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The Avodah Blog

Looking Forward and Back

Originally from Toronto, Ontario, Ora participated in AVODAH New Orleans in 2008-2009. As a Corps member, Ora worked with the New Orleans non-profit Resurrection After Exoneration, helping wrongfully convicted and incarcerated men become advocates for change in the justice system following their release from prison.

Last week, on November 9, AVODAH began its yearly call, asking young people across the country whether we want to make a difference – whether we want to spend a year of our lives combining work for justice, Jewish learning, and community building. The opening of this latest recruitment season made me reflect on what AVODAH represented to me before I came into the program, how AVODAH challenged me as a Corps member, and how AVODAH continues to inform and transform my life as an alumna.

When I began thinking of applying to AVODAH in winter 2008, I had only a vague sense of what AVODAH offered.  I knew that there would be challenges; that I would have to share a room with an unknown roommate and a living room and kitchen with 8 other young people; that I would need to learn to navigate a new city, prove myself at a non-profit, and learn what that ambiguous phrase ‘social justice’ really means. I was concerned that the program, with its emphasis on learning and working within a ‘community’, might somehow coddle me as a participant and not force me to confront the realities of life outside my bubble. I wanted to taste life’s challenges, to stand on my own and know that I had ‘accomplished something’. And so, I accepted the offer to be a Corps member with excitement, but a great deal of trepidation.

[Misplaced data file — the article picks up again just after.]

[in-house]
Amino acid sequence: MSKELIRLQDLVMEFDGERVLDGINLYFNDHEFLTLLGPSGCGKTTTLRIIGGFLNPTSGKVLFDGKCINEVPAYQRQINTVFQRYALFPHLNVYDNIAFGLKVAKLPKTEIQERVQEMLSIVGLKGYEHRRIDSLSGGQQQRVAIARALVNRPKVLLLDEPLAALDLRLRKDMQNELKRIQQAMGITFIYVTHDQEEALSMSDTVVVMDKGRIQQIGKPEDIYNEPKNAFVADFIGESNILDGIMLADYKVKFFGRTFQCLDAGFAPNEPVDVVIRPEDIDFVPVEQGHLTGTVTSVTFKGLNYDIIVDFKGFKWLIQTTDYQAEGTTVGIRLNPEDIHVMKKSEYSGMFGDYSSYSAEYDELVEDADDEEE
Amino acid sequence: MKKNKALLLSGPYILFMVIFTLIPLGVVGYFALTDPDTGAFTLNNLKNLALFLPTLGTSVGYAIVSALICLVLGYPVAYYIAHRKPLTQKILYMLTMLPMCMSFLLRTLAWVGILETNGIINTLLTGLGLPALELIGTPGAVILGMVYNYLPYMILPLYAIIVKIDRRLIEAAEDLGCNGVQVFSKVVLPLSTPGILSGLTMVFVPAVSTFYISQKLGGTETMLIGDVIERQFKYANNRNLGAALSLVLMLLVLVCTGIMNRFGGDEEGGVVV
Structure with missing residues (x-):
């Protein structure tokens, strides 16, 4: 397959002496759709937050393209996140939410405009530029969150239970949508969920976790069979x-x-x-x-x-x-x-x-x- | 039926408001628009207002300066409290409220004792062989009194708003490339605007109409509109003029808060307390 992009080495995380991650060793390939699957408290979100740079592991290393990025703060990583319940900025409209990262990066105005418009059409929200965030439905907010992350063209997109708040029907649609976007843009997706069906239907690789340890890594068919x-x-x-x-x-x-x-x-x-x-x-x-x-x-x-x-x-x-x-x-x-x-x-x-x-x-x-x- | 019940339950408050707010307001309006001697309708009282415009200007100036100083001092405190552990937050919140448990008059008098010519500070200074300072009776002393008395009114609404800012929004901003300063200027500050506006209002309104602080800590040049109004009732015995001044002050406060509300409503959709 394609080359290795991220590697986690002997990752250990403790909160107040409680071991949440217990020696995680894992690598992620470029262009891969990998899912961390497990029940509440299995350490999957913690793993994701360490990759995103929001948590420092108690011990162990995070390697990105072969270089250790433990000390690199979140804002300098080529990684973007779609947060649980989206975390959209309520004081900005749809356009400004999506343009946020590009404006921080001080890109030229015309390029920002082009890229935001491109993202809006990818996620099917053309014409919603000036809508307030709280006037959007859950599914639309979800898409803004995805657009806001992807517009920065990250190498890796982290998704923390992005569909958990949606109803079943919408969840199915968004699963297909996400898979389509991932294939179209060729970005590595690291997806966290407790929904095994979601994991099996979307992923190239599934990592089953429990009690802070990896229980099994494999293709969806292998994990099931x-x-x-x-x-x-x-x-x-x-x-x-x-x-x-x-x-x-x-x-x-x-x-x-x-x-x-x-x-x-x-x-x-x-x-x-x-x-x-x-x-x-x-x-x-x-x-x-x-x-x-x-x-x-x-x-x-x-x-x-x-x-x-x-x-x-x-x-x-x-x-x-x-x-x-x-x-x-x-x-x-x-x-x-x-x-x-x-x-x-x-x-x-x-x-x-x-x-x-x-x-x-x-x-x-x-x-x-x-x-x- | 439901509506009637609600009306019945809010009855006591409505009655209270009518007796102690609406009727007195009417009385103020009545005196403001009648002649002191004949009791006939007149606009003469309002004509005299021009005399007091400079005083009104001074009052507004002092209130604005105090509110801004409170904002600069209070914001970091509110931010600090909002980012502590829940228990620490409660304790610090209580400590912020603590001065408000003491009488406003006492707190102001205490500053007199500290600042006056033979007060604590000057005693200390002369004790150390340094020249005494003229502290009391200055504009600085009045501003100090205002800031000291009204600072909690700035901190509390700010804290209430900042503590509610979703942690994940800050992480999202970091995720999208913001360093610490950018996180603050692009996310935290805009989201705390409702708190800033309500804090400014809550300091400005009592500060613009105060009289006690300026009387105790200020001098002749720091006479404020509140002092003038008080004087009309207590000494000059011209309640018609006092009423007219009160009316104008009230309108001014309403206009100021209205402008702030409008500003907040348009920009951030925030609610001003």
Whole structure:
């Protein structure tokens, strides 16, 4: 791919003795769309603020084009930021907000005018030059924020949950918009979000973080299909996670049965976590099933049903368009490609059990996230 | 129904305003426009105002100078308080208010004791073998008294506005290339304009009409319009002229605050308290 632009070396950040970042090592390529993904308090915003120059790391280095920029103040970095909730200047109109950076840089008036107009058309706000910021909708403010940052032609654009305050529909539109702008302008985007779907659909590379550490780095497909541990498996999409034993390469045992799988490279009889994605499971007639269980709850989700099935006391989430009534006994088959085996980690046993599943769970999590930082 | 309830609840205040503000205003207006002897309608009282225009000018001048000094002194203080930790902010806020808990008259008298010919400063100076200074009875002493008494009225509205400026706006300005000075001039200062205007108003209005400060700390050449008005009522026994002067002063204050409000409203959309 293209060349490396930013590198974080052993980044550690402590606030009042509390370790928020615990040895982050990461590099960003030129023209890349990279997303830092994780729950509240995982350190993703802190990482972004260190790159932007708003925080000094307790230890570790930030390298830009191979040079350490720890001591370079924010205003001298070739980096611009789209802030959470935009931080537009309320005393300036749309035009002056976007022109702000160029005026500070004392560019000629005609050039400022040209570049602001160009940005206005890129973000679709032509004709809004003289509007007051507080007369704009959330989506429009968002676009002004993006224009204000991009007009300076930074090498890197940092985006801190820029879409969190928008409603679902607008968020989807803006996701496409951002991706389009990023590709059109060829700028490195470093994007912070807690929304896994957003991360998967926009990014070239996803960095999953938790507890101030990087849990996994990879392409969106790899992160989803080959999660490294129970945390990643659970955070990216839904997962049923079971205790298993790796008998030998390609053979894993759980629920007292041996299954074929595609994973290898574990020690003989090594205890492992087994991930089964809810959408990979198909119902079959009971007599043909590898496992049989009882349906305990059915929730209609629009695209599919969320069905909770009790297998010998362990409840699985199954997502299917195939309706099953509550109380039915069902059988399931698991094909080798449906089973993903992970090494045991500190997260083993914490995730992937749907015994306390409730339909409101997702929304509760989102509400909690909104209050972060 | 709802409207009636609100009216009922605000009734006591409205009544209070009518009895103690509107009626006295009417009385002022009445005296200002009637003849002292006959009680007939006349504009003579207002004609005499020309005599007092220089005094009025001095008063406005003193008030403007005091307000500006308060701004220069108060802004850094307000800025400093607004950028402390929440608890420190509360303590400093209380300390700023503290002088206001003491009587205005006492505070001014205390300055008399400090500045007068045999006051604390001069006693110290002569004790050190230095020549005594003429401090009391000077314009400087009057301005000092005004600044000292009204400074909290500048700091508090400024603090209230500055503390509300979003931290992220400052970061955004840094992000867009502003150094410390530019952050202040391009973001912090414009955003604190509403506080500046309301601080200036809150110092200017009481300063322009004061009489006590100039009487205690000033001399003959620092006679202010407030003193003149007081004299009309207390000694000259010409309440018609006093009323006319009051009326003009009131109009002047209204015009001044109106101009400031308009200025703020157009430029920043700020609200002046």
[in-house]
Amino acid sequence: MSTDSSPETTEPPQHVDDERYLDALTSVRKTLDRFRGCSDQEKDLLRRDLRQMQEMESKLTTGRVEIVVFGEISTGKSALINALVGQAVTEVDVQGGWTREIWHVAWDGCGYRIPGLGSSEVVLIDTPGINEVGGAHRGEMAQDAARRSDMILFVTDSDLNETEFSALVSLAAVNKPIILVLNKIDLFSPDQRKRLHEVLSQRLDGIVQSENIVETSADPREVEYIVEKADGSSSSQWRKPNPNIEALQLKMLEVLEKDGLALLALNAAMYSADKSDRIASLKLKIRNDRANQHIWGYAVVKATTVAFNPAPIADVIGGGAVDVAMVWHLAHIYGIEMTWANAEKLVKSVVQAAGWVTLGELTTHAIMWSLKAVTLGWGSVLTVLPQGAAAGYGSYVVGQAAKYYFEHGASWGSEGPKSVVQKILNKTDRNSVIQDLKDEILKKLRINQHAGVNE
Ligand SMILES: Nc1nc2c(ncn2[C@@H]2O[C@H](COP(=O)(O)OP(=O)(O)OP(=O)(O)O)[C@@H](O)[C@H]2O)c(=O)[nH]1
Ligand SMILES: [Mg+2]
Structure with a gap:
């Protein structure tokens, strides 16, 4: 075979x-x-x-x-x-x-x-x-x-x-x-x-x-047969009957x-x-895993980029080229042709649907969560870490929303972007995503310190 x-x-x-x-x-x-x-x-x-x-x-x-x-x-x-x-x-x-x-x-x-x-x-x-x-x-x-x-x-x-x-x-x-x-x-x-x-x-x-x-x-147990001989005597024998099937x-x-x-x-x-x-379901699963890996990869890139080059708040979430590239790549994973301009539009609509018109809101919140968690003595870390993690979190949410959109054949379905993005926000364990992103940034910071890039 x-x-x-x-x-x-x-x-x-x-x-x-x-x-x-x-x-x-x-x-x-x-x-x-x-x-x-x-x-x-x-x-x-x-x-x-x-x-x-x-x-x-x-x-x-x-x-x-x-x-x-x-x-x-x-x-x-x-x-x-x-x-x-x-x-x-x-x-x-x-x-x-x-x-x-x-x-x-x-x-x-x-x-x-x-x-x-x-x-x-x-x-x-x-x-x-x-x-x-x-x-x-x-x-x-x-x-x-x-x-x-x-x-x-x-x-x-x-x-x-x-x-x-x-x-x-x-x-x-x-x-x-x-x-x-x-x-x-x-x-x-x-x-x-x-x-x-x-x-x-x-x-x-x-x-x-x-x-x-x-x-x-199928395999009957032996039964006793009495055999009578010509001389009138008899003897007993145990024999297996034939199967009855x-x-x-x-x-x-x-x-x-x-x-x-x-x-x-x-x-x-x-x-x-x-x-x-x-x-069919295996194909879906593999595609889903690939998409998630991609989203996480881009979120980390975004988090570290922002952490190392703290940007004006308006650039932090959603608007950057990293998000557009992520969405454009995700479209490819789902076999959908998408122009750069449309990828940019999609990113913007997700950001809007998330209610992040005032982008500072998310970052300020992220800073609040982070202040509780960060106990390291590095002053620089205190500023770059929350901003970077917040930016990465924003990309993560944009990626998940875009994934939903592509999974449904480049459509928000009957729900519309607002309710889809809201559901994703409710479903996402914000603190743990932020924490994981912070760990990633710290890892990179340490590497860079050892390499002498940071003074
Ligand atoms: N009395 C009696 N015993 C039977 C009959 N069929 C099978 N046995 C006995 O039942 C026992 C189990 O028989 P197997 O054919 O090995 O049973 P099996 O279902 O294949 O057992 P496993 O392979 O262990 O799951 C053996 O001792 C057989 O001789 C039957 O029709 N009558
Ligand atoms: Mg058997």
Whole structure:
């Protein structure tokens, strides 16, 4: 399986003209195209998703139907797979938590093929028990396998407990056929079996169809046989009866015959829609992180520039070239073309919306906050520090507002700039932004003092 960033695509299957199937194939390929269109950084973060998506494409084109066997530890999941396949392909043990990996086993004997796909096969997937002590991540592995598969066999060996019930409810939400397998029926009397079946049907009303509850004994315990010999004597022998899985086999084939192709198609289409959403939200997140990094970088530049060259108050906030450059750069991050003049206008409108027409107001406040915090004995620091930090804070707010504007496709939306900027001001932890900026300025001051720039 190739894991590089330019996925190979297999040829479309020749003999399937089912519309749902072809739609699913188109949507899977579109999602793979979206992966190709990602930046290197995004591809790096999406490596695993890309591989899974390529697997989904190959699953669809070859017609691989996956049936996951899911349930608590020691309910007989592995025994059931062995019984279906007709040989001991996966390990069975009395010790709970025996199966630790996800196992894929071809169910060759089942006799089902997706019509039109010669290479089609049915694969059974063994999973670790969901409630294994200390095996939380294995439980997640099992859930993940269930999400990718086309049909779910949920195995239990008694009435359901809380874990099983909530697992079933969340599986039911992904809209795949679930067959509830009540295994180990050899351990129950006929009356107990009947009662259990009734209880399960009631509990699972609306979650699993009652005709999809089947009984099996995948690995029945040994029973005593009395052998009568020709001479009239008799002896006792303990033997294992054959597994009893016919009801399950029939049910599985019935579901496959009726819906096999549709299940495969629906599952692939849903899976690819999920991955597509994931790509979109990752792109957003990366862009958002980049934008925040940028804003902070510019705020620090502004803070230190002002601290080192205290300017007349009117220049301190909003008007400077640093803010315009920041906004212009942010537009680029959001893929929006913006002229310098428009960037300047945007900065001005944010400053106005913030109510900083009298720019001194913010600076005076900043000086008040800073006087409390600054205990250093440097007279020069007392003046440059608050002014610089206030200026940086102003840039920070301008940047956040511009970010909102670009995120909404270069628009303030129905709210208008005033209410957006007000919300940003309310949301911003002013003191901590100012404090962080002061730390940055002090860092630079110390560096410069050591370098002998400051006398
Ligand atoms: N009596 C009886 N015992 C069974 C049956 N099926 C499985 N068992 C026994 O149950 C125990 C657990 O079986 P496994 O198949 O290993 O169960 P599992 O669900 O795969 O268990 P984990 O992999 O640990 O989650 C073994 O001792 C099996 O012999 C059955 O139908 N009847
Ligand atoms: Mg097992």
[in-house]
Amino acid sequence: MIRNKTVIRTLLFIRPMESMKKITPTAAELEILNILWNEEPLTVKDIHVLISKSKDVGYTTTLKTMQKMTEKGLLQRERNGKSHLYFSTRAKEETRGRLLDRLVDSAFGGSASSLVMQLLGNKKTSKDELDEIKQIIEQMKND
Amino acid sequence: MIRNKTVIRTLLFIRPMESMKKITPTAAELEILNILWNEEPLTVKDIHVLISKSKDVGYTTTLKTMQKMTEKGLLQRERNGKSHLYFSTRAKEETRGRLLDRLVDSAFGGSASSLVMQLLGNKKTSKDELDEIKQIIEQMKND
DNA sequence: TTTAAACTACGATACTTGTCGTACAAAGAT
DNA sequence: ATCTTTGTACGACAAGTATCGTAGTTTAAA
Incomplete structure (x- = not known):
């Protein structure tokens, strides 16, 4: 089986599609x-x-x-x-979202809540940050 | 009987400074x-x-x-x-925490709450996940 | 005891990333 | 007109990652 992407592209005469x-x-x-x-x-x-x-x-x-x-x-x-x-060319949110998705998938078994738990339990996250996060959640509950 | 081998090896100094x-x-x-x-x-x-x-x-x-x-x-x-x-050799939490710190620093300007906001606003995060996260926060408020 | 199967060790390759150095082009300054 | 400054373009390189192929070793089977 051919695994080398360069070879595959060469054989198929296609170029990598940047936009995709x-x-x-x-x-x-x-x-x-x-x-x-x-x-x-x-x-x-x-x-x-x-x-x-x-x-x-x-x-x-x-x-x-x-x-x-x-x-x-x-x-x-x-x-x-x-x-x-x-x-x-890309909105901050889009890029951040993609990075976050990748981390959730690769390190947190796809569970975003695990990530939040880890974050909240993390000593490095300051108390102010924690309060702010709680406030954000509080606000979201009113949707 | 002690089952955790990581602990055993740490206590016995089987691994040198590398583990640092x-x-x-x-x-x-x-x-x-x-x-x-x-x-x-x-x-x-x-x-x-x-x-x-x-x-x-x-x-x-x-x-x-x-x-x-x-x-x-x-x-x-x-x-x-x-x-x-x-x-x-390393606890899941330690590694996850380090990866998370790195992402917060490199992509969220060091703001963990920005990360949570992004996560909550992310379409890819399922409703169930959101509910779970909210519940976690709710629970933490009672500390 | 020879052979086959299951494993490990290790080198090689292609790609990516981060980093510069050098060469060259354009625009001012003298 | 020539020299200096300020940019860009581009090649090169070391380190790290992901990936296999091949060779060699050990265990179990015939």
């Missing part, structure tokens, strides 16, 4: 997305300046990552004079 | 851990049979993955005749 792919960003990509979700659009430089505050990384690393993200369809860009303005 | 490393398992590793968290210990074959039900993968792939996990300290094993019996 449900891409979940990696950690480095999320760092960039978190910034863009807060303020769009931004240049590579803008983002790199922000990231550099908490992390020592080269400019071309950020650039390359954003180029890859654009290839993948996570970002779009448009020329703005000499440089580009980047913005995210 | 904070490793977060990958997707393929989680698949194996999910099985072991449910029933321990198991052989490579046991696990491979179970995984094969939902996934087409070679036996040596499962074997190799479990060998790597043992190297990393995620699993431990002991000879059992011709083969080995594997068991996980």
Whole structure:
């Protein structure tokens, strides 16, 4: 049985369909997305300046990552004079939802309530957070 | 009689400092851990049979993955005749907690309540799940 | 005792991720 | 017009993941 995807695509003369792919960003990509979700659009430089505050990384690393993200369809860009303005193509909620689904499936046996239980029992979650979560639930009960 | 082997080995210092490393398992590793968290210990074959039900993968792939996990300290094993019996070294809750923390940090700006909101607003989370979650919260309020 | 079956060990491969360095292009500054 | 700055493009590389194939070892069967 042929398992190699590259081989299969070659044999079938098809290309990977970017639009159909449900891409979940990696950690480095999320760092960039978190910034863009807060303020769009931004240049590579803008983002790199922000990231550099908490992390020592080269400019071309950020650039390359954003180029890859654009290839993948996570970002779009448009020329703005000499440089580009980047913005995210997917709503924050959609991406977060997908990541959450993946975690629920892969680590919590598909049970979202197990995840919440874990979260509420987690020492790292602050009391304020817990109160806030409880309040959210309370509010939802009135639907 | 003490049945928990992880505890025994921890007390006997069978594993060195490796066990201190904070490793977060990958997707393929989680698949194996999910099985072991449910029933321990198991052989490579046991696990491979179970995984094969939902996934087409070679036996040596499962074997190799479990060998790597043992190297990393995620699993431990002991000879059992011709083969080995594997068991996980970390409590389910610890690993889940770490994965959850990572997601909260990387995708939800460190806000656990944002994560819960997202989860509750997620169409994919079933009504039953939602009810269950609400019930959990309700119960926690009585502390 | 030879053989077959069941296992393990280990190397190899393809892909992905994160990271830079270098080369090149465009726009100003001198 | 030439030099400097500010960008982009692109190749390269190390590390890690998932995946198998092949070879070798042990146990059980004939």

After a few months in AVODAH, I realized that the bayit was the ideal environment from which to question and explore. My fellow Corps members and I visibly grew together. We were enough alike that we felt comfortable exposing our insecurities and our ignorance, and worked together to learn more about race, class, gender, and justice. But our differences – in geography, interests, gender and sexual orientation, or Jewish exploration – created enough tension that we were forced to work at our relationships with each other. AVODAH helped me realize that the strongest communities are woven along the lines of tension that lie between difference.

With that solid foundation of community, AVODAH allowed me to open my mind to amazing and sometimes radical truths. My peers and I learned to critically examine how individuals and populations are systematically disenfranchised and pushed to the periphery of public awareness. Not only did AVODAH equip us to pursue social justice, but it also helped us find powerful voices with which to help ourselves and others become advocates for change.

When I look at what my fellow alum are accomplishing now – working with vibrant youth to bring food justice to local schools, or housing people who are homeless with the belief that housing is a human right – I am filled with a sense of our power. As an alumna, I know that I am simply one person in a growing network of people spread throughout the world who believe in working to transform communities and are convinced of the value of individual lives. With this community at my back, I am able to challenge myself to grow and challenge my local and national communities to respond to threats to human dignity. AVODAH may advertize itself as a ‘year-long program’, but it truly transforms its participants and infuses us with a meaningful power for the rest of our lives.

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